Promotion is a way of recognizing talent, rewarding hard work and ensuring continuity within an organization.
Promoting one employee from among the ranks of the person’s peers can have its drawbacks, however, if the promoted employee is now in a position of supervising people who previously were peers, or close personal friends.
Monica Wofford, CEO of the leadership training and consulting firm Contagious Companies, Inc., says that promotions create many changes, and when roles shift people can shift how they view a manager. Wofford offers five ways by which making a smooth, speedy transition while preventing a strong drop in results.
- Clarify the supervisor’s role and theirs. When things change, people can either get stuck in the old ways or fail to see the new reality. Wofford recommends that a new supervisor ask his/her new supervisor about expectations and pass them along to the people now being supervised.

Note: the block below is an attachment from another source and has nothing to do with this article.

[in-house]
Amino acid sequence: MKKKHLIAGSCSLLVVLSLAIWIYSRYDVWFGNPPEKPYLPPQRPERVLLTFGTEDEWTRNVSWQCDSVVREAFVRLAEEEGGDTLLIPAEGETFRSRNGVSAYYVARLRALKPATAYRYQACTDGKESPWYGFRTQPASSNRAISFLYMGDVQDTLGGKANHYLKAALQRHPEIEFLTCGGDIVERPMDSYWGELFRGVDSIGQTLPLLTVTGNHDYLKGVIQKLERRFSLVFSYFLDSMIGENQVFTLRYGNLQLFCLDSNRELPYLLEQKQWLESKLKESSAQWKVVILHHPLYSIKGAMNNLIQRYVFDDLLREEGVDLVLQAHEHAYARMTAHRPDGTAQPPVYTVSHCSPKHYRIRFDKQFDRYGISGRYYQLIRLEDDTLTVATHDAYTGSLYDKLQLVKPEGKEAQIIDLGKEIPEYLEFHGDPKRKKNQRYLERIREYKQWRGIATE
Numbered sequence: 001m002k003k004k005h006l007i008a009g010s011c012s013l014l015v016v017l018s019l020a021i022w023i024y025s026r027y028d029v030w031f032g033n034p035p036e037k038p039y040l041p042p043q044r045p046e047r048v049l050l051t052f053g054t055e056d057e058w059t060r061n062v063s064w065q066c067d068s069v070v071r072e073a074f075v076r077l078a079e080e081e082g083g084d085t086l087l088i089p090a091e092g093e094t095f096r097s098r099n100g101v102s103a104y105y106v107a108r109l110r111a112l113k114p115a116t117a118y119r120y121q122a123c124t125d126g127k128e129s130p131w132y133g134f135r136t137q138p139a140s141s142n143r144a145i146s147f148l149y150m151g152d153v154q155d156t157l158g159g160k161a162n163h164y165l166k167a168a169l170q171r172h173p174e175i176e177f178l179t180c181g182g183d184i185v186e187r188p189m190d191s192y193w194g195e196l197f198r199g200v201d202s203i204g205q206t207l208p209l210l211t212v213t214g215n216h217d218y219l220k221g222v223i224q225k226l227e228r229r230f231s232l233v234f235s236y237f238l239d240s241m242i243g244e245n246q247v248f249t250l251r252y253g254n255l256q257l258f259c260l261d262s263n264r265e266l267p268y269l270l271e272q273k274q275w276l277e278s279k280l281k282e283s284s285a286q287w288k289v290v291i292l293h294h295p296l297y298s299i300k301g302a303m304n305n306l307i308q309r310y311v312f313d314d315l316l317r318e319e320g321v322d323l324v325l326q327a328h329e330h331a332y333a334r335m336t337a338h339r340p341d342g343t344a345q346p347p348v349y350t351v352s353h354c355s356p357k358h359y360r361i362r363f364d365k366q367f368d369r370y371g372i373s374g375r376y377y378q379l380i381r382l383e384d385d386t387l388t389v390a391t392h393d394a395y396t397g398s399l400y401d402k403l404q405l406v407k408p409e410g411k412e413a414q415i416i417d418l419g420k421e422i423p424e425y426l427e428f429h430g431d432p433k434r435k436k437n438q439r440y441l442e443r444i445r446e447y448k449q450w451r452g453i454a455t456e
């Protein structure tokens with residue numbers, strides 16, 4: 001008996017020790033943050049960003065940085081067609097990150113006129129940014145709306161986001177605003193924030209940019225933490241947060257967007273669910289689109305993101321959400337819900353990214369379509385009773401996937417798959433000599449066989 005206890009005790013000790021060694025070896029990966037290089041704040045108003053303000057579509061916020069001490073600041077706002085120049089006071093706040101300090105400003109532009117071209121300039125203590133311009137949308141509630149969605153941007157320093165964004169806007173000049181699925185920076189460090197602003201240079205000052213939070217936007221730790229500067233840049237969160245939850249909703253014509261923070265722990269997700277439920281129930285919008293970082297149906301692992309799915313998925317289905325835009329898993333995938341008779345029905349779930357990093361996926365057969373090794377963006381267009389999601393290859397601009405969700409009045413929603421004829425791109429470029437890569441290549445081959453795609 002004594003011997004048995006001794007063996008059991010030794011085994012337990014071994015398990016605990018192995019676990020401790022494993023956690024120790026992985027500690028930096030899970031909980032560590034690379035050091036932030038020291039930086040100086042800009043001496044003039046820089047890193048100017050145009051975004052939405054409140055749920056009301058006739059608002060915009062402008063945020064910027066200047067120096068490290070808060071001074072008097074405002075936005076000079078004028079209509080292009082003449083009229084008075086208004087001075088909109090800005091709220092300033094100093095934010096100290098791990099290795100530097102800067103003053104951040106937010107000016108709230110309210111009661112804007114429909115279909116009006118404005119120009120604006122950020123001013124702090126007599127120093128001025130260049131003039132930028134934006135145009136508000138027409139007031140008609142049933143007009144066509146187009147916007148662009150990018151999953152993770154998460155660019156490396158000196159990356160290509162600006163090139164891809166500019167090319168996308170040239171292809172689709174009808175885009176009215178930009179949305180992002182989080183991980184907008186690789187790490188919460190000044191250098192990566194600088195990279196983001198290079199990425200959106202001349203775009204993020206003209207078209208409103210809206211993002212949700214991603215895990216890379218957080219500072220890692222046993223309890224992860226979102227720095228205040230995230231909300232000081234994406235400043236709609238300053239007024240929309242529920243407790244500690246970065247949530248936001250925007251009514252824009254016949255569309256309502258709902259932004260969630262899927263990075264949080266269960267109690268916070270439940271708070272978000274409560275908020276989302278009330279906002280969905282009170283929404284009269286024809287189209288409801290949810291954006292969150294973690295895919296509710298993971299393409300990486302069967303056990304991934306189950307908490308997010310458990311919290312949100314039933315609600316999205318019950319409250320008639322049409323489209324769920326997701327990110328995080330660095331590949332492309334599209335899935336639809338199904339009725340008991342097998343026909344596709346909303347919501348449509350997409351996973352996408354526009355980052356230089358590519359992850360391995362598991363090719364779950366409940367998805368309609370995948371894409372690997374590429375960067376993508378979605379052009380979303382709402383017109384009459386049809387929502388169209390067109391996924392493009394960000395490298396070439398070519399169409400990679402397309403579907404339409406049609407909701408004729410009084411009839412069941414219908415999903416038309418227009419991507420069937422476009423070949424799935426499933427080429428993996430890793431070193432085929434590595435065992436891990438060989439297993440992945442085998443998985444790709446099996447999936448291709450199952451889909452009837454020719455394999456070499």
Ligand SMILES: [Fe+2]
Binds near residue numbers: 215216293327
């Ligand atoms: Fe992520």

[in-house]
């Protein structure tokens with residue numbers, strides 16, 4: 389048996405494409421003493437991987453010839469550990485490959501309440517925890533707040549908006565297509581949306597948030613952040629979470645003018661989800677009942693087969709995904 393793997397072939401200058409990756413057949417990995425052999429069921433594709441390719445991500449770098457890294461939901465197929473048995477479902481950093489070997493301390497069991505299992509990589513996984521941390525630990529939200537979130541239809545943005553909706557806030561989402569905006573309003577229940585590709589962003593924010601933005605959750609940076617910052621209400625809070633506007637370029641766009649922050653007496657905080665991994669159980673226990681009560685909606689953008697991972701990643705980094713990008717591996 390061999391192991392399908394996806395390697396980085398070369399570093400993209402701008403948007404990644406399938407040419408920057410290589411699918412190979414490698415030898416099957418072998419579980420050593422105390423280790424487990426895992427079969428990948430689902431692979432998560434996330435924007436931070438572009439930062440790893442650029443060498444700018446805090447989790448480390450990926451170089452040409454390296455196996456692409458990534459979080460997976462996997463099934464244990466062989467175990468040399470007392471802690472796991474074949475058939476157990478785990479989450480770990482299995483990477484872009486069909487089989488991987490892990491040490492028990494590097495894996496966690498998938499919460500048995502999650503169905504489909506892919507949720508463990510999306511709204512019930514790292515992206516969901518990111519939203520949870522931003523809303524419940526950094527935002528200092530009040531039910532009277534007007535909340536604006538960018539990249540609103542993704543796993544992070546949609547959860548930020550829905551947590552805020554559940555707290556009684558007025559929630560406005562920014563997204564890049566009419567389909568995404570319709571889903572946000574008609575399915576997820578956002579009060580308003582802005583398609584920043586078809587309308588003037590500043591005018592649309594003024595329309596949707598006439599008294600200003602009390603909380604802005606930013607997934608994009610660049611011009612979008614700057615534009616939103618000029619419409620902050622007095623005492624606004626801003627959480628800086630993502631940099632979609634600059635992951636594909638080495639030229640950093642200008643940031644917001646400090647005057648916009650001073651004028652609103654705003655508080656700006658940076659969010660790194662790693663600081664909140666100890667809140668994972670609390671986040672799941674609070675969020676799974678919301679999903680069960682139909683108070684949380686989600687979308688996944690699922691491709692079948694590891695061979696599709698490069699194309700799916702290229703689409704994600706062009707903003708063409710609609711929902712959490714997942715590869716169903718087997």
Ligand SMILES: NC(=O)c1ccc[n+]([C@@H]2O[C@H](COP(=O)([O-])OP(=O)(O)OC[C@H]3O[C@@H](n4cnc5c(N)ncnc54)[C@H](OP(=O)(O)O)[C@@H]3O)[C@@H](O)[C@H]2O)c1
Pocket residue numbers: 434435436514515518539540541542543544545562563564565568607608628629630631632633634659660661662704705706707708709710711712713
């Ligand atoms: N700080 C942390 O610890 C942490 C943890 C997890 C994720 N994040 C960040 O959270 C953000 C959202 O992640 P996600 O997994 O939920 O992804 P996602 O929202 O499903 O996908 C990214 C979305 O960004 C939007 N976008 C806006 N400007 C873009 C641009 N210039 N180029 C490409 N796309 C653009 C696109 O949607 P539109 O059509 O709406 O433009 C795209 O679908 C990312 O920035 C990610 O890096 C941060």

- Set clear expectations. It is a good idea to provide the people who will be supervised with a model and examples, to set out a clear picture of expectations.
- Align expectations with employees. This involved looking at who people are rather than just how to lead them.
- Hire for attitude and teach skill. Observe where they do well and where they struggle.
- Keep your shirt on. Some people will need time to adjust. Not all employees will embrace the new boss’s role, or jump to produce faster on the first day, and that’s all right.